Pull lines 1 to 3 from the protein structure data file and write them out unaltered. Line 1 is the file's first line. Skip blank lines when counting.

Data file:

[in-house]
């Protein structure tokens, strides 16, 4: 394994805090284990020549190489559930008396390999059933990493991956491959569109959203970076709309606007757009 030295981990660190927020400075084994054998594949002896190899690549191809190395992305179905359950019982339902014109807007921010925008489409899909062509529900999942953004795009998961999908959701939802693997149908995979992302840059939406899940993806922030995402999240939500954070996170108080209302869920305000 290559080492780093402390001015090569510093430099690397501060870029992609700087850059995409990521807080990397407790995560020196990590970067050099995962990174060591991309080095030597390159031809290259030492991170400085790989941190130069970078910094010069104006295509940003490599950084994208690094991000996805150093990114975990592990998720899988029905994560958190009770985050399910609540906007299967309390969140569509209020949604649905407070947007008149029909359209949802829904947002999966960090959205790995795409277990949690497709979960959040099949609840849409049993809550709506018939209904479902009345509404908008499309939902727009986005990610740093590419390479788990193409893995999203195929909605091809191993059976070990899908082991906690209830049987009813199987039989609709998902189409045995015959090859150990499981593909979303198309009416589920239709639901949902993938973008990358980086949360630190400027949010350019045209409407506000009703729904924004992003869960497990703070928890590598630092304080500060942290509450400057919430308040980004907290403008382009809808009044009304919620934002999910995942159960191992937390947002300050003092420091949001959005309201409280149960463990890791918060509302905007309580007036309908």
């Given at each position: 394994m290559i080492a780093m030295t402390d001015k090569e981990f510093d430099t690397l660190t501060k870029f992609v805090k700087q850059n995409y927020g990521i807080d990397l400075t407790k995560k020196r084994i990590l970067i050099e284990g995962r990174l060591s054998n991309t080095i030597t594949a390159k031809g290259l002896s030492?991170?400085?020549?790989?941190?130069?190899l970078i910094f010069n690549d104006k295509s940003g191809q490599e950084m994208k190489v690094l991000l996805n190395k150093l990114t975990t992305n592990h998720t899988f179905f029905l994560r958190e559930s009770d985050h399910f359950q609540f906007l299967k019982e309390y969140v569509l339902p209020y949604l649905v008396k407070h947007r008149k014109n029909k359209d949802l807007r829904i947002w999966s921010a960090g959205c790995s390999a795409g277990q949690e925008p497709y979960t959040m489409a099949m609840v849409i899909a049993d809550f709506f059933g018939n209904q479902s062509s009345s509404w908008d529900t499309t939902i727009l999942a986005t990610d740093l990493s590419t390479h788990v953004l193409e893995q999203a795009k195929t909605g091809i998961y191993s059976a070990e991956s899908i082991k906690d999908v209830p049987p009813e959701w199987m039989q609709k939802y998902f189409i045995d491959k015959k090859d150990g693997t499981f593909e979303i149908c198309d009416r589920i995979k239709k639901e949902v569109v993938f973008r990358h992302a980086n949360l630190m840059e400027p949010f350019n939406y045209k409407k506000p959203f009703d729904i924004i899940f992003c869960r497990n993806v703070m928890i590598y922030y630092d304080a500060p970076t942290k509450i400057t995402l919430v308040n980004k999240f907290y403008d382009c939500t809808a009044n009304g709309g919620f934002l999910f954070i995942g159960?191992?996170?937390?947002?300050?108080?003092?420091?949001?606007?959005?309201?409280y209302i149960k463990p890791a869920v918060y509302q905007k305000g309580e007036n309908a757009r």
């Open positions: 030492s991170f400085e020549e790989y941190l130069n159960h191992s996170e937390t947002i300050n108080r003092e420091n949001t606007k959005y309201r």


[in-house]
């Protein structure tokens, strides 16, 4: 394994805090284990020549190489559930008396390999059933990493991956491959569109959203970076709309606007757009 030295981990660190927020400075084994054998594949002896190899690549191809190395992305179905359950019982339902014109807007921010925008489409899909062509529900999942953004795009998961999908959701939802693997149908995979992302840059939406899940993806922030995402999240939500954070996170108080209302869920305000 290559080492780093402390001015090569510093430099690397501060870029992609700087850059995409990521807080990397407790995560020196990590970067050099995962990174060591991309080095030597390159031809290259030492991170400085790989941190130069970078910094010069104006295509940003490599950084994208690094991000996805150093990114975990592990998720899988029905994560958190009770985050399910609540906007299967309390969140569509209020949604649905407070947007008149029909359209949802829904947002999966960090959205790995795409277990949690497709979960959040099949609840849409049993809550709506018939209904479902009345509404908008499309939902727009986005990610740093590419390479788990193409893995999203195929909605091809191993059976070990899908082991906690209830049987009813199987039989609709998902189409045995015959090859150990499981593909979303198309009416589920239709639901949902993938973008990358980086949360630190400027949010350019045209409407506000009703729904924004992003869960497990703070928890590598630092304080500060942290509450400057919430308040980004907290403008382009809808009044009304919620934002999910995942159960191992937390947002300050003092420091949001959005309201409280149960463990890791918060509302905007309580007036309908």
């Given at each position: 394994m290559i080492a780093m030295t402390d001015k090569e981990f510093d430099t690397l660190t501060k870029f992609v805090k700087q850059n995409y927020g990521i807080d990397l400075t407790k995560k020196r084994i990590l970067i050099e284990g995962r990174l060591s054998n991309t080095i030597t594949a390159k031809g290259l002896s030492?991170?400085?020549?790989?941190?130069?190899l970078i910094f010069n690549d104006k295509s940003g191809q490599e950084m994208k190489v690094l991000l996805n190395k150093l990114t975990t992305n592990h998720t899988f179905f029905l994560r958190e559930s009770d985050h399910f359950q609540f906007l299967k019982e309390y969140v569509l339902p209020y949604l649905v008396k407070h947007r008149k014109n029909k359209d949802l807007r829904i947002w999966s921010a960090g959205c790995s390999a795409g277990q949690e925008p497709y979960t959040m489409a099949m609840v849409i899909a049993d809550f709506f059933g018939n209904q479902s062509s009345s509404w908008d529900t499309t939902i727009l999942a986005t990610d740093l990493s590419t390479h788990v953004l193409e893995q999203a795009k195929t909605g091809i998961y191993s059976a070990e991956s899908i082991k906690d999908v209830p049987p009813e959701w199987m039989q609709k939802y998902f189409i045995d491959k015959k090859d150990g693997t499981f593909e979303i149908c198309d009416r589920i995979k239709k639901e949902v569109v993938f973008r990358h992302a980086n949360l630190m840059e400027p949010f350019n939406y045209k409407k506000p959203f009703d729904i924004i899940f992003c869960r497990n993806v703070m928890i590598y922030y630092d304080a500060p970076t942290k509450i400057t995402l919430v308040n980004k999240f907290y403008d382009c939500t809808a009044n009304g709309g919620f934002l999910f954070i995942g159960?191992?996170?937390?947002?300050?108080?003092?420091?949001?606007?959005?309201?409280y209302i149960k463990p890791a869920v918060y509302q905007k305000g309580e007036n309908a757009r």